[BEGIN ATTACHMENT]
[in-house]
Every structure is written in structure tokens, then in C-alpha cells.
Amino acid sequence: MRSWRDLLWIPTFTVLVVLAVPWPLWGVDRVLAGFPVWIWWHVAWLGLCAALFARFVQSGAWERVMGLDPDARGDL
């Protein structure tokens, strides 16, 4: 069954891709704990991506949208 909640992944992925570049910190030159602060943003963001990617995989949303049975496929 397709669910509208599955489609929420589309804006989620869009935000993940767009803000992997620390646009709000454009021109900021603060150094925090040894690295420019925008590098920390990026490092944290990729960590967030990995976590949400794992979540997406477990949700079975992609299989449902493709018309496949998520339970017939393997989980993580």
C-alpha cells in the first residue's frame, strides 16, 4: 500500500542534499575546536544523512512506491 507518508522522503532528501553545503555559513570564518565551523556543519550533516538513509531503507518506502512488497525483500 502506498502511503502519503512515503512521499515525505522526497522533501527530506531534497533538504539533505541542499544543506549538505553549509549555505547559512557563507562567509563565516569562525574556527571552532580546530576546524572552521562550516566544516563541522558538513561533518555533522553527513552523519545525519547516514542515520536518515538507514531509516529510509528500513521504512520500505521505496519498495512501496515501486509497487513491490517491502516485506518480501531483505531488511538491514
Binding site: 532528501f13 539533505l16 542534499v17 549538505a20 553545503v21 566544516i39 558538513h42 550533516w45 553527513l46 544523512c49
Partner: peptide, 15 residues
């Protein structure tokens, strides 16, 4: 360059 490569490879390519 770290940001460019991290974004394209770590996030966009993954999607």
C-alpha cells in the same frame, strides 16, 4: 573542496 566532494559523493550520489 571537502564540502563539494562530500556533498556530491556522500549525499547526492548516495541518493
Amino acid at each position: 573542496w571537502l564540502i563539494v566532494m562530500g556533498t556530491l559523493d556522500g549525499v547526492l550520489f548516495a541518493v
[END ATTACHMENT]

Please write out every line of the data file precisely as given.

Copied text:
[in-house]
Every structure is written in structure tokens, then in C-alpha cells.
Amino acid sequence: MRSWRDLLWIPTFTVLVVLAVPWPLWGVDRVLAGFPVWIWWHVAWLGLCAALFARFVQSGAWERVMGLDPDARGDL
């Protein structure tokens, strides 16, 4: 069954891709704990991506949208 909640992944992925570049910190030159602060943003963001990617995989949303049975496929 397709669910509208599955489609929420589309804006989620869009935000993940767009803000992997620390646009709000454009021109900021603060150094925090040894690295420019925008590098920390990026490092944290990729960590967030990995976590949400794992979540997406477990949700079975992609299989449902493709018309496949998520339970017939393997989980993580």
C-alpha cells in the first residue's frame, strides 16, 4: 500500500542534499575546536544523512512506491 507518508522522503532528501553545503555559513570564518565551523556543519550533516538513509531503507518506502512488497525483500 502506498502511503502519503512515503512521499515525505522526497522533501527530506531534497533538504539533505541542499544543506549538505553549509549555505547559512557563507562567509563565516569562525574556527571552532580546530576546524572552521562550516566544516563541522558538513561533518555533522553527513552523519545525519547516514542515520536518515538507514531509516529510509528500513521504512520500505521505496519498495512501496515501486509497487513491490517491502516485506518480501531483505531488511538491514
Binding site: 532528501f13 539533505l16 542534499v17 549538505a20 553545503v21 566544516i39 558538513h42 550533516w45 553527513l46 544523512c49
Partner: peptide, 15 residues
């Protein structure tokens, strides 16, 4: 360059 490569490879390519 770290940001460019991290974004394209770590996030966009993954999607």
C-alpha cells in the same frame, strides 16, 4: 573542496 566532494559523493550520489 571537502564540502563539494562530500556533498556530491556522500549525499547526492548516495541518493
Amino acid at each position: 573542496w571537502l564540502i563539494v566532494m562530500g556533498t556530491l559523493d556522500g549525499v547526492l550520489f548516495a541518493v